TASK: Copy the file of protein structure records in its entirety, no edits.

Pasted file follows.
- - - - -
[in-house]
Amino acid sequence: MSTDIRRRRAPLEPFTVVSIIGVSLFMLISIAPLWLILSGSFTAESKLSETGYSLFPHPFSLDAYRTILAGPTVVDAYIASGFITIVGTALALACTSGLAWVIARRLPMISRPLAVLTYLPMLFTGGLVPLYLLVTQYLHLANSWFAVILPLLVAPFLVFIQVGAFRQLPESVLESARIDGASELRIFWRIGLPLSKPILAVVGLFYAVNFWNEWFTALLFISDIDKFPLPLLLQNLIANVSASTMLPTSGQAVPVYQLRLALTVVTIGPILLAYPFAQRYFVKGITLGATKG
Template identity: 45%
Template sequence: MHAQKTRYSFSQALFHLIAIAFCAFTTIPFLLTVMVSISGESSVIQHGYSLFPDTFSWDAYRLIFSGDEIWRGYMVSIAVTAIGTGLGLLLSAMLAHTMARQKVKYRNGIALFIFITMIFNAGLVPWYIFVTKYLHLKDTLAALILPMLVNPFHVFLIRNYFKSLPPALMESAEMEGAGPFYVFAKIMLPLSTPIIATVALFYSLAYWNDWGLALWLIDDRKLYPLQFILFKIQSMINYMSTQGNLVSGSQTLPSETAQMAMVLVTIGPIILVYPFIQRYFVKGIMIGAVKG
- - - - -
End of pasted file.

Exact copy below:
[in-house]
Amino acid sequence: MSTDIRRRRAPLEPFTVVSIIGVSLFMLISIAPLWLILSGSFTAESKLSETGYSLFPHPFSLDAYRTILAGPTVVDAYIASGFITIVGTALALACTSGLAWVIARRLPMISRPLAVLTYLPMLFTGGLVPLYLLVTQYLHLANSWFAVILPLLVAPFLVFIQVGAFRQLPESVLESARIDGASELRIFWRIGLPLSKPILAVVGLFYAVNFWNEWFTALLFISDIDKFPLPLLLQNLIANVSASTMLPTSGQAVPVYQLRLALTVVTIGPILLAYPFAQRYFVKGITLGATKG
Template identity: 45%
Template sequence: MHAQKTRYSFSQALFHLIAIAFCAFTTIPFLLTVMVSISGESSVIQHGYSLFPDTFSWDAYRLIFSGDEIWRGYMVSIAVTAIGTGLGLLLSAMLAHTMARQKVKYRNGIALFIFITMIFNAGLVPWYIFVTKYLHLKDTLAALILPMLVNPFHVFLIRNYFKSLPPALMESAEMEGAGPFYVFAKIMLPLSTPIIATVALFYSLAYWNDWGLALWLIDDRKLYPLQFILFKIQSMINYMSTQGNLVSGSQTLPSETAQMAMVLVTIGPIILVYPFIQRYFVKGIMIGAVKG